Lynn's Comments: I confess. As a busy mom, I went for looks. If things looked tidy, I was content. Likewise, if something looked clean, I left actual fumigation until it was really necessary. After an orange juice disaster that rendered every surface of my kitchen tacky with residue, Aaron (who thought the saying "cleanliness is next to Godliness" meant "invisible forces did the laundry") suggested I wash the kitchen table when his cheek stuck to the surface. I took this as an opportunity for a learning experience...and asked him to wash it himself.
Lynn's Comments: This was from memory. On my first day of school I seemed to make one gaffe after another. It didn't take long before I hid my embarrassment by being a clown.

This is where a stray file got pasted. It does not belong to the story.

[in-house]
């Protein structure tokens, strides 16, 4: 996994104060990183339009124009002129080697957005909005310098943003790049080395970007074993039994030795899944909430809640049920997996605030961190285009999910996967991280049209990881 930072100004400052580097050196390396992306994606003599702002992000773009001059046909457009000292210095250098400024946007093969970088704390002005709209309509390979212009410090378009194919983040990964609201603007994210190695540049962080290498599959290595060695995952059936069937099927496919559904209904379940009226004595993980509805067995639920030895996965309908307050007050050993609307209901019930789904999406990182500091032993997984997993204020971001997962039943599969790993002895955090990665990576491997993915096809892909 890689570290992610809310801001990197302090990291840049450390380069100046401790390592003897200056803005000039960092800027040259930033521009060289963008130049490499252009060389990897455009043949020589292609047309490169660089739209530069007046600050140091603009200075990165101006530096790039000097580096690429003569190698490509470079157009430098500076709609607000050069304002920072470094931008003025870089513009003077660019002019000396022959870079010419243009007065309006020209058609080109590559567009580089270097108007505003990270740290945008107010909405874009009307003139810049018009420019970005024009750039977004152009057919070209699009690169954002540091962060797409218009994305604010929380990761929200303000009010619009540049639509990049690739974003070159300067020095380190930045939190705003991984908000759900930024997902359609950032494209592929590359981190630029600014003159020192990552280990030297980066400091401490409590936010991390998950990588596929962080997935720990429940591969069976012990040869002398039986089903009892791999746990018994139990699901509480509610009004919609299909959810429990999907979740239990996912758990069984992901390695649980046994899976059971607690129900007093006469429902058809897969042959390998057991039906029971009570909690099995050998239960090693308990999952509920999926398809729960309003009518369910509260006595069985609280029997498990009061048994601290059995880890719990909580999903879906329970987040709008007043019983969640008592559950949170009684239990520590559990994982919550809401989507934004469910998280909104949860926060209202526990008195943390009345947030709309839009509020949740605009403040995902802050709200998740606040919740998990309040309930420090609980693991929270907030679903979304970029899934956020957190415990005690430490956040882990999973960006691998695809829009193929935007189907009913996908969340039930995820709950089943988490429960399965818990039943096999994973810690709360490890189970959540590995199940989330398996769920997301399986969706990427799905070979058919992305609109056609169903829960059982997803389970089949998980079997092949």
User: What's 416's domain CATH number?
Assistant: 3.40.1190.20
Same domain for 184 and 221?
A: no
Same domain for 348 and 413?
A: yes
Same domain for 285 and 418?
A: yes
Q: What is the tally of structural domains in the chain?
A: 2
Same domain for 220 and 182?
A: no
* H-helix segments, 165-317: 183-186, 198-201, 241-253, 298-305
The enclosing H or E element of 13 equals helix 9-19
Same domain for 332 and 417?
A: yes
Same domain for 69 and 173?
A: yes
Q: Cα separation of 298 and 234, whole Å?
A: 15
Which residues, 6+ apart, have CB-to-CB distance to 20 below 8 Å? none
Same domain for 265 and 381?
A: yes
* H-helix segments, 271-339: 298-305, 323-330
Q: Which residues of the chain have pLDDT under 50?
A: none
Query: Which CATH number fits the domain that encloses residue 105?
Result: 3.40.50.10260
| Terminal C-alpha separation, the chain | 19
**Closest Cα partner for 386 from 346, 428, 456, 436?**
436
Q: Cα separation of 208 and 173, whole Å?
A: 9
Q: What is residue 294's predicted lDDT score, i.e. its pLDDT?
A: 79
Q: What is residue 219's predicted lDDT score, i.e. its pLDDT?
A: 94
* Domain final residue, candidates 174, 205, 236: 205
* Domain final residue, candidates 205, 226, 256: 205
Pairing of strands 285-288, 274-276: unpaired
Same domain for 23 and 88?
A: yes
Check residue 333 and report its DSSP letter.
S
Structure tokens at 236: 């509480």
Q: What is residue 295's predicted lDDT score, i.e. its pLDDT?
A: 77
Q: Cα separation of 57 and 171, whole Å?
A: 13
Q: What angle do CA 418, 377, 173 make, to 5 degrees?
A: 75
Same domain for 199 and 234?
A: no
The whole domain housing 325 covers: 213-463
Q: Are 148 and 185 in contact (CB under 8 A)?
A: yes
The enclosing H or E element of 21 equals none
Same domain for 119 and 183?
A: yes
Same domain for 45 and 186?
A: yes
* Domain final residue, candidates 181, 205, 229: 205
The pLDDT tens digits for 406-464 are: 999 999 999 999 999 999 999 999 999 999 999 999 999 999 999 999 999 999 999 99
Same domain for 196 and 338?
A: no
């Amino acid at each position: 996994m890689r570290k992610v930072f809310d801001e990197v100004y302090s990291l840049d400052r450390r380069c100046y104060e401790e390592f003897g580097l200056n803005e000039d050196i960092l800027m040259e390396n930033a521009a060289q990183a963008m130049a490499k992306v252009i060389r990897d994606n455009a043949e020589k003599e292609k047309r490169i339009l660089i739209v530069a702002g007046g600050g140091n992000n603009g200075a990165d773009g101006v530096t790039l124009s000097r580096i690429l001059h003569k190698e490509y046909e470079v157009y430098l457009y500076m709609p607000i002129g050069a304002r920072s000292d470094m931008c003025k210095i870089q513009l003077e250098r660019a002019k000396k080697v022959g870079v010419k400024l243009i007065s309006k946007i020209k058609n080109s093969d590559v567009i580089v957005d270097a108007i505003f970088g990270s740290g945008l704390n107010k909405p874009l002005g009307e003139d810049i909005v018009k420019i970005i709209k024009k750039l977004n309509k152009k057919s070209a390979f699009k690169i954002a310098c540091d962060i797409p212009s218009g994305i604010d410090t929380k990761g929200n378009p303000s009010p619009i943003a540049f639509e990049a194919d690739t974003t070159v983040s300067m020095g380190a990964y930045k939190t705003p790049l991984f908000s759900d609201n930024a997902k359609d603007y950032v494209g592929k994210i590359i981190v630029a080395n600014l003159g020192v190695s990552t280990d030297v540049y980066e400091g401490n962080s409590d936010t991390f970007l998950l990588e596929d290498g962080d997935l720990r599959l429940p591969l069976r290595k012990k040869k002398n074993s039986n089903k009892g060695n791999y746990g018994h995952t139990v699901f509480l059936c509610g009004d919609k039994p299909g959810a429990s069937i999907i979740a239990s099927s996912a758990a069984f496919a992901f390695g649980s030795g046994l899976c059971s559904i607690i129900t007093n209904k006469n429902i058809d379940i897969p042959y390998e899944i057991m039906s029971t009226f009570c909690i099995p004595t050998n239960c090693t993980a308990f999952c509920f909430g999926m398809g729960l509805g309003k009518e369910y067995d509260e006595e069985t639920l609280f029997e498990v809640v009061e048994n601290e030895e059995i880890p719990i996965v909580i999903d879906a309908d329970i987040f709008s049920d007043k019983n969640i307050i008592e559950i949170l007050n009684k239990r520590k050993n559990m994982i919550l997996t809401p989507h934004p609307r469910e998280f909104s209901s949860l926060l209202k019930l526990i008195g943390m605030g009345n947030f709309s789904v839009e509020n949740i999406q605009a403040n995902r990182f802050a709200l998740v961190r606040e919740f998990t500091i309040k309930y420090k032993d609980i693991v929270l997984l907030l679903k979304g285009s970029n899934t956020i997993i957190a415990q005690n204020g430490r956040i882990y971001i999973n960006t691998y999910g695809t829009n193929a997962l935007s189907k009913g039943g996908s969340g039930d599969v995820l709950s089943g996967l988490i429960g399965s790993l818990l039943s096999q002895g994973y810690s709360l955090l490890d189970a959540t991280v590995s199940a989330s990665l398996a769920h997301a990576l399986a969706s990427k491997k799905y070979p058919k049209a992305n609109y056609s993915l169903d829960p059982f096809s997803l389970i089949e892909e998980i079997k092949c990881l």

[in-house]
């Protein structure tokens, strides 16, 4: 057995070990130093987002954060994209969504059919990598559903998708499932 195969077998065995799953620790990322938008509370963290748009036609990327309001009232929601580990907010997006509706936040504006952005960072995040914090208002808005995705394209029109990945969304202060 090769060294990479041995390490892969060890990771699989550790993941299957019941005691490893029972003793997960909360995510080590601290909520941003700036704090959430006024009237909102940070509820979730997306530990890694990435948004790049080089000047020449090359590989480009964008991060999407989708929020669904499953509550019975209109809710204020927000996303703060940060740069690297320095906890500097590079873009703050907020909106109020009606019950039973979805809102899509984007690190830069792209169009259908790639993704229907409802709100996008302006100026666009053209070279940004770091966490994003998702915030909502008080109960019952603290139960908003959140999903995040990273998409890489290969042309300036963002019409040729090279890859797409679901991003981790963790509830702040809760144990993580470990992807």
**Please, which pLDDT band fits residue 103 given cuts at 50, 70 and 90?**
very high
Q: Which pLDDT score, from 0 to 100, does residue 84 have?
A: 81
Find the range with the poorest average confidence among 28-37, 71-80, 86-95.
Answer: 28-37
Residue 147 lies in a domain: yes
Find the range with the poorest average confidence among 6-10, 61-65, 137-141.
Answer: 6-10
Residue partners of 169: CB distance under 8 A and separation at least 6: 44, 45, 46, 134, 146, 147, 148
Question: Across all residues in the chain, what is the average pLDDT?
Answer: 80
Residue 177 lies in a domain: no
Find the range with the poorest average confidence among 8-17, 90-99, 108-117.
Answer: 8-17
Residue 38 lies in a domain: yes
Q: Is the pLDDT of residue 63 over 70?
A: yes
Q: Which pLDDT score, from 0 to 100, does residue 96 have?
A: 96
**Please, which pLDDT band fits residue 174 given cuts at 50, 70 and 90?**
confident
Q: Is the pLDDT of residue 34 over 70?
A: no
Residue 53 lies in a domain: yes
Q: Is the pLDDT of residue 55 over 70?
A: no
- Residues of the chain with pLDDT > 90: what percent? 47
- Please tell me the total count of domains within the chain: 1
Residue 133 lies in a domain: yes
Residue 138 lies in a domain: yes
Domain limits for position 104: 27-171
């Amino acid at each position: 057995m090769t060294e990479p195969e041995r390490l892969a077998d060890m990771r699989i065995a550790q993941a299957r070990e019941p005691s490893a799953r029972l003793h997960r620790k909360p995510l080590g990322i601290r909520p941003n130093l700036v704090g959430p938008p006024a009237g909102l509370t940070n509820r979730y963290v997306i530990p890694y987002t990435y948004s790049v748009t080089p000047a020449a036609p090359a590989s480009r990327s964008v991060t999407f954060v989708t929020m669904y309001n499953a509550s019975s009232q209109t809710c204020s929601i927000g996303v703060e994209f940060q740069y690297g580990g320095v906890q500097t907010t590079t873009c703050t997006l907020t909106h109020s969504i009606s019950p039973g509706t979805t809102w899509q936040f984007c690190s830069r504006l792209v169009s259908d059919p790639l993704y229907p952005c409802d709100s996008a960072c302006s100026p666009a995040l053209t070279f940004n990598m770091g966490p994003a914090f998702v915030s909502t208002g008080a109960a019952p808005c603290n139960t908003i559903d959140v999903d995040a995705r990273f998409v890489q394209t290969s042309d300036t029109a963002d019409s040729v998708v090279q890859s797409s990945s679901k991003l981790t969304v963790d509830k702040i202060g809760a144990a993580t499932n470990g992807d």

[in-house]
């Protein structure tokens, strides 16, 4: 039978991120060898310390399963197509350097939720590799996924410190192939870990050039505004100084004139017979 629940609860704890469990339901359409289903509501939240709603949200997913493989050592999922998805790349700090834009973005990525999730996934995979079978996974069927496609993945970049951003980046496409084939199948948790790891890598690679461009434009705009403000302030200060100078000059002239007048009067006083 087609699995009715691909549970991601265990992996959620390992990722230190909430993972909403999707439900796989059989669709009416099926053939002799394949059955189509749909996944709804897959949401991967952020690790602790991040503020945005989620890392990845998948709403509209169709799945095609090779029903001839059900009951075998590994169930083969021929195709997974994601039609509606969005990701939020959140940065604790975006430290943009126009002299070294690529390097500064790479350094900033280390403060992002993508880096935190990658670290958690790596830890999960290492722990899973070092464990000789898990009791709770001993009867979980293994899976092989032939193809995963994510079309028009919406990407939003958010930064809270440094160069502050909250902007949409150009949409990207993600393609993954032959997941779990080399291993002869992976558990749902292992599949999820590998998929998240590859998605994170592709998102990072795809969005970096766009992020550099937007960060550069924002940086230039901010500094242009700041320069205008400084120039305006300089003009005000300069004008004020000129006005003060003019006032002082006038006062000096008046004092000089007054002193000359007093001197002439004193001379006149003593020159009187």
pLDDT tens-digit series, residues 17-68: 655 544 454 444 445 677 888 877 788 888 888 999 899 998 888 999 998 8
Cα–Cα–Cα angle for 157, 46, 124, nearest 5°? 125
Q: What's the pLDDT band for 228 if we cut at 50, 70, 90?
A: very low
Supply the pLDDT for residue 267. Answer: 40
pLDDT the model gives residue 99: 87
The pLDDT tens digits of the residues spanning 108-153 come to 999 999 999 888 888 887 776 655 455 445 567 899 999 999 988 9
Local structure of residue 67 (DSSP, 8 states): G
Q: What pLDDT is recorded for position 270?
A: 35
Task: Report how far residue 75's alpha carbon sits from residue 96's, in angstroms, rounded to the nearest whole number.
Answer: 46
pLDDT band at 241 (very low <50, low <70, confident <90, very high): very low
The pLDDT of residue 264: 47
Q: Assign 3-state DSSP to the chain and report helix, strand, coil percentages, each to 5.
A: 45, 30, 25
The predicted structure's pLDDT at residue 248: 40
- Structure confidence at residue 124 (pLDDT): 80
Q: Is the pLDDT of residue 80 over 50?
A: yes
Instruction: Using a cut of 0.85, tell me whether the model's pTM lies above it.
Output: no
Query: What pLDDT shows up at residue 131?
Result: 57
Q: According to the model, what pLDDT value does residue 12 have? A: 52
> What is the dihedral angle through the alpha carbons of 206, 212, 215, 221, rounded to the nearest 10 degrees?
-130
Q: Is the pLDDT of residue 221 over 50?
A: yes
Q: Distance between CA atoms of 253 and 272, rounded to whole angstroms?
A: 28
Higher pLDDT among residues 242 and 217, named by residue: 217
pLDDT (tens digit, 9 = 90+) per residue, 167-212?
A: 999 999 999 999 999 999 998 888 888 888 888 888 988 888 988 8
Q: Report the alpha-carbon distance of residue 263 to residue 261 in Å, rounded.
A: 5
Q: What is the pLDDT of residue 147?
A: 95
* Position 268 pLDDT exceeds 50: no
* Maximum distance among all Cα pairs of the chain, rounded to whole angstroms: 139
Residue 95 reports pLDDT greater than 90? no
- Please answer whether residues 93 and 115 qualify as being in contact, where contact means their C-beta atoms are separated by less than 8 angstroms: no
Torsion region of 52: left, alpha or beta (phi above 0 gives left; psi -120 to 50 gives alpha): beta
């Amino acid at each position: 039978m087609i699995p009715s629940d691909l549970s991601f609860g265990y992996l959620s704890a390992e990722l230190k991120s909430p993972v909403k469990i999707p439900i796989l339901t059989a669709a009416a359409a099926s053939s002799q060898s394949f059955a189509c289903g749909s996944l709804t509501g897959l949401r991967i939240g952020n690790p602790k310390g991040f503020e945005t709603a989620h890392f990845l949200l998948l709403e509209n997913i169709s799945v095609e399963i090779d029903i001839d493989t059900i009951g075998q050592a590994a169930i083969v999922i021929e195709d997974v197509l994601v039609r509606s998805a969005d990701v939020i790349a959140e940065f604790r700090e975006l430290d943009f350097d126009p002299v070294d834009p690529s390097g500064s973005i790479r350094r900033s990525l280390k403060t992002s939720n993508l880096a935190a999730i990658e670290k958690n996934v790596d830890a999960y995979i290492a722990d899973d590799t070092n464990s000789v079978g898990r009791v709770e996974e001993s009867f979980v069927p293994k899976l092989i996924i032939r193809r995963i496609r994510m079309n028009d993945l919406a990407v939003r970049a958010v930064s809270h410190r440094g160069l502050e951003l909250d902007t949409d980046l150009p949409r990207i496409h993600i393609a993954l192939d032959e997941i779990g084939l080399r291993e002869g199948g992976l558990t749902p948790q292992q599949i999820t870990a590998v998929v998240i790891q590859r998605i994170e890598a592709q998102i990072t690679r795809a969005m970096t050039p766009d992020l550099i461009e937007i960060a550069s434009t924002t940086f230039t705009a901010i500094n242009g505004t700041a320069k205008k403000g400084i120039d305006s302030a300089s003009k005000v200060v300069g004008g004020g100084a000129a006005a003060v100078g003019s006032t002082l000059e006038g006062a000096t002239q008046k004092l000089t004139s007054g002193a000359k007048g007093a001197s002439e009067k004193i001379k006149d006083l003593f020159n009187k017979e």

Lynn's Comments: As soon as I could talk and interact with other kids, I knew there was a hierarchy, a pecking order into which I had to fit. In the classroom and out in the playground, I knew where I was welcome and where I wasn't. So many different elements came into play: temperament, ability, looks, interests, even cleanliness were things we considered before friendship could begin.
Lynn's Comments: I often used to start big projects after dinner when the kids were in bed and the house was quiet. The trouble with this was that I couldn’t stop when I was tired–I was always determined to finish the job…which might be 3:00am.